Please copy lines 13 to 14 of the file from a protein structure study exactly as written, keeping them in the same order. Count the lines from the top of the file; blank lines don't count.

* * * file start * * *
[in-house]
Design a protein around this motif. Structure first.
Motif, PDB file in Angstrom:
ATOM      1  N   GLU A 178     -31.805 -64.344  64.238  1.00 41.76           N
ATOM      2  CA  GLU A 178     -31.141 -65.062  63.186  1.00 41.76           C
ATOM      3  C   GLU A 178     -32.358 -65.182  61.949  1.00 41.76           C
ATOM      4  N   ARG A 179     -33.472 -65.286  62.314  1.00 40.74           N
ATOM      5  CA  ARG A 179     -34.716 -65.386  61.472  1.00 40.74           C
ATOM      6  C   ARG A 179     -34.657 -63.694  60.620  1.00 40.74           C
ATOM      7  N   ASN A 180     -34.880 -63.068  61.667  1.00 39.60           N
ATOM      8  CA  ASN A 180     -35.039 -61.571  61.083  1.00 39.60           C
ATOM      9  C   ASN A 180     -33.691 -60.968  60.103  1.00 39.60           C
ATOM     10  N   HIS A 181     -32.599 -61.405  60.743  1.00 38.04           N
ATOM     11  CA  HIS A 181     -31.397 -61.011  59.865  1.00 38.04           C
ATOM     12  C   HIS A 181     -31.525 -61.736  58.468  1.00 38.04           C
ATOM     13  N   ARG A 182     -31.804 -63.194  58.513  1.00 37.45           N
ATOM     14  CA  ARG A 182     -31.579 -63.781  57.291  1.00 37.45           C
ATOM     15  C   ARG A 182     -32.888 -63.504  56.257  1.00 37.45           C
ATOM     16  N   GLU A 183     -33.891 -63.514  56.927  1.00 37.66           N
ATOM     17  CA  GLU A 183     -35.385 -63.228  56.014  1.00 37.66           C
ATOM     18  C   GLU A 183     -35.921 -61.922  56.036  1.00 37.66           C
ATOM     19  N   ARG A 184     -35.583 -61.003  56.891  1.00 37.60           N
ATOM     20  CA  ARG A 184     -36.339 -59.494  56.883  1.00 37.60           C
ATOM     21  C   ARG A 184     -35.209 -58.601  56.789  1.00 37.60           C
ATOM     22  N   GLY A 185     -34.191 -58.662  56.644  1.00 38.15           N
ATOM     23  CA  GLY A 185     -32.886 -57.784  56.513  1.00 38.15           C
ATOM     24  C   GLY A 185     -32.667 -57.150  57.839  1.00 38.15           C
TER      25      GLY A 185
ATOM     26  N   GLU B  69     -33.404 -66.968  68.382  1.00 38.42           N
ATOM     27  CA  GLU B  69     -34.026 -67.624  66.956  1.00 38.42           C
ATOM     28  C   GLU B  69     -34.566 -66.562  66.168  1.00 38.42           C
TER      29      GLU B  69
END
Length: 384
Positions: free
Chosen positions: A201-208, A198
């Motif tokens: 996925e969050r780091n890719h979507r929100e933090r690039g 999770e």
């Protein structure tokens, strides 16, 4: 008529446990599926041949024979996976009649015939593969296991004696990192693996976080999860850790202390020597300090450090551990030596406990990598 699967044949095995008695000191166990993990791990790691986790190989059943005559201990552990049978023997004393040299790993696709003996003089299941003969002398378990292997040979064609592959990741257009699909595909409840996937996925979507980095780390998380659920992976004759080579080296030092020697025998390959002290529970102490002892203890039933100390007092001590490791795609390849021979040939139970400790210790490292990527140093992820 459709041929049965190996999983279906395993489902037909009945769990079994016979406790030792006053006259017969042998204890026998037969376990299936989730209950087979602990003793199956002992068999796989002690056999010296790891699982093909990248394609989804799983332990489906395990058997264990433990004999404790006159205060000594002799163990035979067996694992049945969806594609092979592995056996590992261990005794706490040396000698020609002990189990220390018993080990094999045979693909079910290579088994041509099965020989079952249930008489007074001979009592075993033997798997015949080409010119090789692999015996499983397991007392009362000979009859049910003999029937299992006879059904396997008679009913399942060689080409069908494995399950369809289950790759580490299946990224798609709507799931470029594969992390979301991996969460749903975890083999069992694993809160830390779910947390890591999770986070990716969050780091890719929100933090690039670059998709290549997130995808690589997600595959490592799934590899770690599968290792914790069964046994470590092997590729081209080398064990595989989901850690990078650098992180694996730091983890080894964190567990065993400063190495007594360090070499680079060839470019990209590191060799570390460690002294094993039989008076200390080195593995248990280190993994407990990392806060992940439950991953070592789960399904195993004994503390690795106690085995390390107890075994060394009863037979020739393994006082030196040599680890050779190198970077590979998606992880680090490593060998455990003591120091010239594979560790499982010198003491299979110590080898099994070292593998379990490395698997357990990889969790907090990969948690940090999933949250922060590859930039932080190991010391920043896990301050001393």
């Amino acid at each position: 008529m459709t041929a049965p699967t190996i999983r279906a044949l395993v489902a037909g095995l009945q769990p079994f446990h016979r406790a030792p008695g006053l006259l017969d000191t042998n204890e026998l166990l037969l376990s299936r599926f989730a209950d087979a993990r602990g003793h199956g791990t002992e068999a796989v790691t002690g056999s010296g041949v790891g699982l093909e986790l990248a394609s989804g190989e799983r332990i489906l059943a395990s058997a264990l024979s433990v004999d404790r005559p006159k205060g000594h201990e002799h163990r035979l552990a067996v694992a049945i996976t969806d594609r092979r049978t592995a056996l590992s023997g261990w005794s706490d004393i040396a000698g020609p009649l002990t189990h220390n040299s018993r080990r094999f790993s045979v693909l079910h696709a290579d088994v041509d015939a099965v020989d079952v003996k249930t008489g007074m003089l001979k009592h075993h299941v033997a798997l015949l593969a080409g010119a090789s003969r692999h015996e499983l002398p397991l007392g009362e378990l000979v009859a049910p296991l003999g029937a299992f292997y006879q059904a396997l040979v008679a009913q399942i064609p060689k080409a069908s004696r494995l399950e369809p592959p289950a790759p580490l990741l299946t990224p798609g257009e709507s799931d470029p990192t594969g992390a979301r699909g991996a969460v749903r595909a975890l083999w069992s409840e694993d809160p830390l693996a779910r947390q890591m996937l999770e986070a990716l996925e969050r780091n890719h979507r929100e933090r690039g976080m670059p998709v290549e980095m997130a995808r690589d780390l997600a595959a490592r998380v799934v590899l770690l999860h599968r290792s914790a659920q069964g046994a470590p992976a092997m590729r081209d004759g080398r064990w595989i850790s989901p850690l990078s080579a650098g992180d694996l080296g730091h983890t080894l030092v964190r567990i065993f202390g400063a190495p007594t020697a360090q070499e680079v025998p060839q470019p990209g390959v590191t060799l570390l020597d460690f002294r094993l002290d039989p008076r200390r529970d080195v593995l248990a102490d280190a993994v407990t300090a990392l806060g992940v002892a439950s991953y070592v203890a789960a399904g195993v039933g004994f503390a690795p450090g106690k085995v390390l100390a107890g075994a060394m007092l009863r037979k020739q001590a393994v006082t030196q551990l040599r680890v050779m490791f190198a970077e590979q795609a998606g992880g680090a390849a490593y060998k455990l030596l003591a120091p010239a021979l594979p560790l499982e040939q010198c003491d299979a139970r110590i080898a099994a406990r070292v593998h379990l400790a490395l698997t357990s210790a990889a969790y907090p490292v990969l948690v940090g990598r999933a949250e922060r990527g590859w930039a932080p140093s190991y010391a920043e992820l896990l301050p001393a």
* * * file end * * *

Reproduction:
ATOM     10  N   HIS A 181     -32.599 -61.405  60.743  1.00 38.04           N
ATOM     11  CA  HIS A 181     -31.397 -61.011  59.865  1.00 38.04           C